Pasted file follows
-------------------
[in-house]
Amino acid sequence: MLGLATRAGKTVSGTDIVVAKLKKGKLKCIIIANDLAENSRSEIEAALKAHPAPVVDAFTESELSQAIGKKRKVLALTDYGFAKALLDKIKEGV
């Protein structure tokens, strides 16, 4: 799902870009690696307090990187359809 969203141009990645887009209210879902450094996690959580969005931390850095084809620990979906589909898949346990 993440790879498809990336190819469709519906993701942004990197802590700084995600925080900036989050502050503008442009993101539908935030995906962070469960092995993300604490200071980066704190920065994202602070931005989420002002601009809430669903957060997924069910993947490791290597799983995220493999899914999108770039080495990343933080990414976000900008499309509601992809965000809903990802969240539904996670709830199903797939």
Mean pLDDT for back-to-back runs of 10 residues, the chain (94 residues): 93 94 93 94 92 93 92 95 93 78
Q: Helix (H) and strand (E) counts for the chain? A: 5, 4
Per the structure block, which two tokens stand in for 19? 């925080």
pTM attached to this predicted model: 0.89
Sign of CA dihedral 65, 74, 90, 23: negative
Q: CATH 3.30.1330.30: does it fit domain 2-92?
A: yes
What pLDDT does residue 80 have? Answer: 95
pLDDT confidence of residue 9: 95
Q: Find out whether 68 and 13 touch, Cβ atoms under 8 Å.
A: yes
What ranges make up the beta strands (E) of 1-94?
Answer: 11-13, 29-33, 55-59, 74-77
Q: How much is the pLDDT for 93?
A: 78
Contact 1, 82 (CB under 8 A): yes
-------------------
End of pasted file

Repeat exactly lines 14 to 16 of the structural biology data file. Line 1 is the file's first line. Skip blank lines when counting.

A: yes
What ranges make up the beta strands (E) of 1-94?
Answer: 11-13, 29-33, 55-59, 74-77